Ghanian expert says AU must tap Chinese technology in AfCFTA implementation

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FILE PHOTO: Egyptian President and African Union Chairman Abdel Fattah al-Sisi (L) shakes hands with Niger’s President Mahamadou Issoufou after the launching of the “operational phase” of a landmark free trade agreement named African Continental Free Trade Area during the African Union summit in Niamey, Niger, July 7, 2019. /VCG Photo

The African Union (AU) must tap into Chinese technology to derive maximum benefits from the implementation of the Africa Continental Free Trade Area (AfCFTA) agreement next year, said Albert Fiatui, Executive Director for the Center for International Maritime Affairs (CIMA) in Ghana.

Speaking with Xinhua, he observed that win-win cooperation between Africa and China will help Africa’s rapid economic transformation with the AfCFTA agreement coming into force.

“Africa cannot trade with itself just alone and succeed, so Africa needs China as much as China needs Africa. I think the AU has its own plan to make sure that the relationship with China is tightened so that once we are able to produce and tap into our resources, we export to China so that we can get the needed revenue that is required for our own development,” he said.

The AfCFTA which was scheduled to have commenced in July had to be postponed to next year due to the outbreak of COVID-19 and there are concerns that may affect the prospect of the strategy.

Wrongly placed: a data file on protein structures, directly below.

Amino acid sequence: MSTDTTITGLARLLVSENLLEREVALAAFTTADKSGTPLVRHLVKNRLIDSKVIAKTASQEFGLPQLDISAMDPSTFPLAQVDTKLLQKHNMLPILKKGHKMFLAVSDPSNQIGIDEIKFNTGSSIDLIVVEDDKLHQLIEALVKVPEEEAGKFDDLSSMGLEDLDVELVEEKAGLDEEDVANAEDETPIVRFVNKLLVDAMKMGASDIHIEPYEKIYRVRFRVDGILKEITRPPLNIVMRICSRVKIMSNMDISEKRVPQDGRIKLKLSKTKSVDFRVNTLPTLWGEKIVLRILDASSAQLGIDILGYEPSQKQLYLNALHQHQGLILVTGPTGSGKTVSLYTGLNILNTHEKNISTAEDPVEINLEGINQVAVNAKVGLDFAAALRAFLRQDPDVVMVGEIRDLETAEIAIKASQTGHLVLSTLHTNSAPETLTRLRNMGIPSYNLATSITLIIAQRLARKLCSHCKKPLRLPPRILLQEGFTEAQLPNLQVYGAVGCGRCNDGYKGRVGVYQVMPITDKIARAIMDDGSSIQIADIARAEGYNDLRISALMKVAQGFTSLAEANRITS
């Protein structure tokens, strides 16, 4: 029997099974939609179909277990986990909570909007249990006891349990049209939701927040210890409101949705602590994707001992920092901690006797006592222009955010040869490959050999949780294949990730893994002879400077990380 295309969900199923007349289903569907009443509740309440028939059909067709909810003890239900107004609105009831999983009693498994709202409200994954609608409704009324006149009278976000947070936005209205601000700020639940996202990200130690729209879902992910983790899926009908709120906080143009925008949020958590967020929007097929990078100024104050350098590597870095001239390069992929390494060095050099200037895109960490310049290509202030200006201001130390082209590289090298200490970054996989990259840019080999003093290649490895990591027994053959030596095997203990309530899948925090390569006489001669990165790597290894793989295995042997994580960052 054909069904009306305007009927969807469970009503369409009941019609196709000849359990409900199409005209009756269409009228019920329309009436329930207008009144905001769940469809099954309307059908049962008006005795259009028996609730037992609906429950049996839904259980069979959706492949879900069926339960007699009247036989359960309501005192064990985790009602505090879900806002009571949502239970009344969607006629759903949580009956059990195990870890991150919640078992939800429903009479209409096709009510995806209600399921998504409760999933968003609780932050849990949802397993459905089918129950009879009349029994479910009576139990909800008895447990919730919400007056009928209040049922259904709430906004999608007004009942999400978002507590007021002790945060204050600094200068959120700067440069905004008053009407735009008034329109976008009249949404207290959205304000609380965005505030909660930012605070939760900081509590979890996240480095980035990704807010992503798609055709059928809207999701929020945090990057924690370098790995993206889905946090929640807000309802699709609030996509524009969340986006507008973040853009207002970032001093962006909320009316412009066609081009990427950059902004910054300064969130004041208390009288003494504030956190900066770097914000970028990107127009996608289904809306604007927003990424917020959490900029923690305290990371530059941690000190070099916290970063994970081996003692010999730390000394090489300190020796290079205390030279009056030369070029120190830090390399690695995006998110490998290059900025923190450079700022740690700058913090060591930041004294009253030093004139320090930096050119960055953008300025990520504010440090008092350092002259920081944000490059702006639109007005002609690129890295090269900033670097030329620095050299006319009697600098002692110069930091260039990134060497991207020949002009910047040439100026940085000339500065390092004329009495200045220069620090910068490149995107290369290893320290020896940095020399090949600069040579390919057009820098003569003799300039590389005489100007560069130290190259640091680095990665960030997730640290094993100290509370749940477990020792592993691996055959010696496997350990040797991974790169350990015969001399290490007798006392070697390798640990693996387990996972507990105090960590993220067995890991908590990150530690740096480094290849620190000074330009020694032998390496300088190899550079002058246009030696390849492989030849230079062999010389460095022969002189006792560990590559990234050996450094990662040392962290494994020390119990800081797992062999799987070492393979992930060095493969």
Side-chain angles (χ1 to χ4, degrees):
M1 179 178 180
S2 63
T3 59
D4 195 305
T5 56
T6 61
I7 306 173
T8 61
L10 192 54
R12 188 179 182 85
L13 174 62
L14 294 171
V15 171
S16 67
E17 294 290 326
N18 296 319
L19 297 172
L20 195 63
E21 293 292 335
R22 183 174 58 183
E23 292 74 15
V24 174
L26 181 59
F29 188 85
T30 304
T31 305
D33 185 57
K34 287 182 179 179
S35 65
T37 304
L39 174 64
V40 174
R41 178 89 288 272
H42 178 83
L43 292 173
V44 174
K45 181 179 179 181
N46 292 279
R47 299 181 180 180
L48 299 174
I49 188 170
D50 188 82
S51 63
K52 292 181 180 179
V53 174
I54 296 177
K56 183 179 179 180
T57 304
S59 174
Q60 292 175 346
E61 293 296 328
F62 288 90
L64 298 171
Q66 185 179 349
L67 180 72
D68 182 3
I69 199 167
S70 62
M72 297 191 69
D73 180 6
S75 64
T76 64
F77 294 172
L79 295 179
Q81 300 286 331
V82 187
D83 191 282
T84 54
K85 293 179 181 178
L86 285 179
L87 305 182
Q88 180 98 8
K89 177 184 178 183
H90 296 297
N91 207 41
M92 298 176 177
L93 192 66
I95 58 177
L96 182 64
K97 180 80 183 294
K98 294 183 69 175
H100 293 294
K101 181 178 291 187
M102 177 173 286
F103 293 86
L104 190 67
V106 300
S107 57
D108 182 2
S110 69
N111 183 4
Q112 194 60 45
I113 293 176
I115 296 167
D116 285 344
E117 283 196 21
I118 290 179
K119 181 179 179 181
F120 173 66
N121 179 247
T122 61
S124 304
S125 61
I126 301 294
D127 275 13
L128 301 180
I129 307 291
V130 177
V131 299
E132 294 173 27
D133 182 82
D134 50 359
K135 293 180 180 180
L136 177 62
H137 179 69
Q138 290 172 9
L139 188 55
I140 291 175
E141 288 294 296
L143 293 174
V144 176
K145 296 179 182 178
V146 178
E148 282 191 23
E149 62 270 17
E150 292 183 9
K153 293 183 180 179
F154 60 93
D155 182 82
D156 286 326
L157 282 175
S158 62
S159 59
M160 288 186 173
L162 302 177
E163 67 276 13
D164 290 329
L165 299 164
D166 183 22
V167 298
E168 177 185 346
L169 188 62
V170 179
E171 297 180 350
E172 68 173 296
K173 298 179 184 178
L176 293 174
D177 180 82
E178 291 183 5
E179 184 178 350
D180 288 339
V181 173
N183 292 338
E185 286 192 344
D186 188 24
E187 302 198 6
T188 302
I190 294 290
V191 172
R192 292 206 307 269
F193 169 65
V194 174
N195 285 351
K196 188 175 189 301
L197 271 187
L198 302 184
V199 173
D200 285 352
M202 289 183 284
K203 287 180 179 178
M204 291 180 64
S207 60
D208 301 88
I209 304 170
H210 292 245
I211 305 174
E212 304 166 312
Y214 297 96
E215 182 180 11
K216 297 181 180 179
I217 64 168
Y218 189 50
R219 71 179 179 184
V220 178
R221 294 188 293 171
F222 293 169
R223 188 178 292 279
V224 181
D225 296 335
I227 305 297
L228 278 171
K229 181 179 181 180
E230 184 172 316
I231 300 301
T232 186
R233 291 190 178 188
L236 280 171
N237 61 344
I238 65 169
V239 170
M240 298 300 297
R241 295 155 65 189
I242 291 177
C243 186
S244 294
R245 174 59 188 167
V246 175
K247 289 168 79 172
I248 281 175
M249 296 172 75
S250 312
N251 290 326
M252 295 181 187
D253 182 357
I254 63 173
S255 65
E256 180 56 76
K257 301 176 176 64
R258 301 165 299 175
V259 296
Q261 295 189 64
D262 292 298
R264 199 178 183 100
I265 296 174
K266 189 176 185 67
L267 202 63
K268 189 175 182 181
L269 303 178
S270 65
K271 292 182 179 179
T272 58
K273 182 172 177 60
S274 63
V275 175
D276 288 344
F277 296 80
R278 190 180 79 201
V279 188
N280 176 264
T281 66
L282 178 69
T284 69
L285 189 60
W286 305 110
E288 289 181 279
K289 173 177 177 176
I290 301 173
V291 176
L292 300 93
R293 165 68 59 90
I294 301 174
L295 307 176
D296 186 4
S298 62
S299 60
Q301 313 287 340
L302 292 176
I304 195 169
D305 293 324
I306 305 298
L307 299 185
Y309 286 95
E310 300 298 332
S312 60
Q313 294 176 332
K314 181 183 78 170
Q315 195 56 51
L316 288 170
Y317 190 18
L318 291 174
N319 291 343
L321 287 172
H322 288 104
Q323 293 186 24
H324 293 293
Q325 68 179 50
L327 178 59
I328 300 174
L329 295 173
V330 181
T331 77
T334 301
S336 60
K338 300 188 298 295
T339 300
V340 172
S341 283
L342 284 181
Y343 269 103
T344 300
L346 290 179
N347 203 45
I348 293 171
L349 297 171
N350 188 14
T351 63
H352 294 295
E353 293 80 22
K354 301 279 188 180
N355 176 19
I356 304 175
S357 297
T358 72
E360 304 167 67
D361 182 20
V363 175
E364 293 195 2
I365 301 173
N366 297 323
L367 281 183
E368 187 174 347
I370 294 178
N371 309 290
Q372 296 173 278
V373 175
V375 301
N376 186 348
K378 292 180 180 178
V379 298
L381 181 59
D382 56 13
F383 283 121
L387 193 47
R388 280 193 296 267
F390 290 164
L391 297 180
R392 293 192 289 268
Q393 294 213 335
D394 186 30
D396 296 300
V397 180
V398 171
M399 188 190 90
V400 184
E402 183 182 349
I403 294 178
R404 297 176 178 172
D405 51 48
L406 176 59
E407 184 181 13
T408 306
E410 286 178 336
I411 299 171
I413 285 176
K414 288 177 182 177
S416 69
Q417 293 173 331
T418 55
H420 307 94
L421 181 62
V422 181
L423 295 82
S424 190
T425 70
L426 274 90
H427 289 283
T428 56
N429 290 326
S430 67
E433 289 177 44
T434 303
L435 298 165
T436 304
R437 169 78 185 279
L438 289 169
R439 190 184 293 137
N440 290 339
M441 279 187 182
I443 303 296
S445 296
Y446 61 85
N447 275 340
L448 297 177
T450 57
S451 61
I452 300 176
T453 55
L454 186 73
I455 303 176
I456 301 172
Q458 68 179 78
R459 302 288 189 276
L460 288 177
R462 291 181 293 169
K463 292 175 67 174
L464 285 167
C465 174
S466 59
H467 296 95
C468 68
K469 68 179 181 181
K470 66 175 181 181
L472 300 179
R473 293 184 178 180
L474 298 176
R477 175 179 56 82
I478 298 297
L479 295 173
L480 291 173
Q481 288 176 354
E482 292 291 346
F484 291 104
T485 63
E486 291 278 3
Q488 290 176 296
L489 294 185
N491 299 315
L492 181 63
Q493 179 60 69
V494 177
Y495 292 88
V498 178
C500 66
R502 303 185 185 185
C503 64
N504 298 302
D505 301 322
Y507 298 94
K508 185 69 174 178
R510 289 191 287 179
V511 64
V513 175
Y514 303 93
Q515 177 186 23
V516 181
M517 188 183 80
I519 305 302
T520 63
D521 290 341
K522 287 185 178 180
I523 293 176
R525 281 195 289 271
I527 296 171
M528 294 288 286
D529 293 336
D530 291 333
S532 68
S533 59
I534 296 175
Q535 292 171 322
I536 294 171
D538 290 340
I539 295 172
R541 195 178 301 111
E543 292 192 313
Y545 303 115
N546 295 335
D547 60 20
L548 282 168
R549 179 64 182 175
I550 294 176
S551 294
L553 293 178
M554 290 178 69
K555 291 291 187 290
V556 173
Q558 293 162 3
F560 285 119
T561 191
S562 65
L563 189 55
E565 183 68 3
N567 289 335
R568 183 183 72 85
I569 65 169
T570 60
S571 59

But the expert believes the pandemic has not had a devastating effect on the continent hence AfCFTA will see a smooth take-off in January.

“When COVID-19 started the projections that were made was that Africa was going to be the hardest-hit but it turned out that we have managed it much better than the other giants. With all the assessments that we have done so far, we think that it can take off and work. So I think largely, COVID-19 has come to stay which we all have to manage but then we have to still move ahead with this agreement and enjoy the benefits,” he said.

The expert further emphasized that as part of the benefits, Ghana and the rest of the African continent will be opened up to the international community and urged various governments to provide incentives to small businesses to be able to compete in the global market to engender the economic transformation that the AfCFTA agreement envisages.

General Secretary for Traders Advocacy Group Ghana (TAGG) Nana Poku expressed optimism the AfCFTA agreement will be of immense benefit to local businesses and wants the government here to make credit facilities available for people to access.

“We are calling on the government to spread its tentacles in terms of helping the traders to stand up to this challenge because if not other countries will come and take advantage of us,” he said.

The 18th ordinary session of the Assembly of Heads of State and Government of the AU, held in Addis Ababa, Ethiopia in January 2012, adopted a decision to establish a continental free trade area by an indicative date of 2017. This deadline was, however, not met.

The summit also endorsed the action plan on boosting intra-Africa trade (BIAT) which identifies seven priority action clusters: trade policy, trade facilitation, productive capacity, trade-related infrastructure, trade finance, trade information, and factor market integration.

The AfCFTA is expected to enhance competitiveness at the industry and enterprise level through exploitation of opportunities for scale production, continental market access, and better reallocation of resources.

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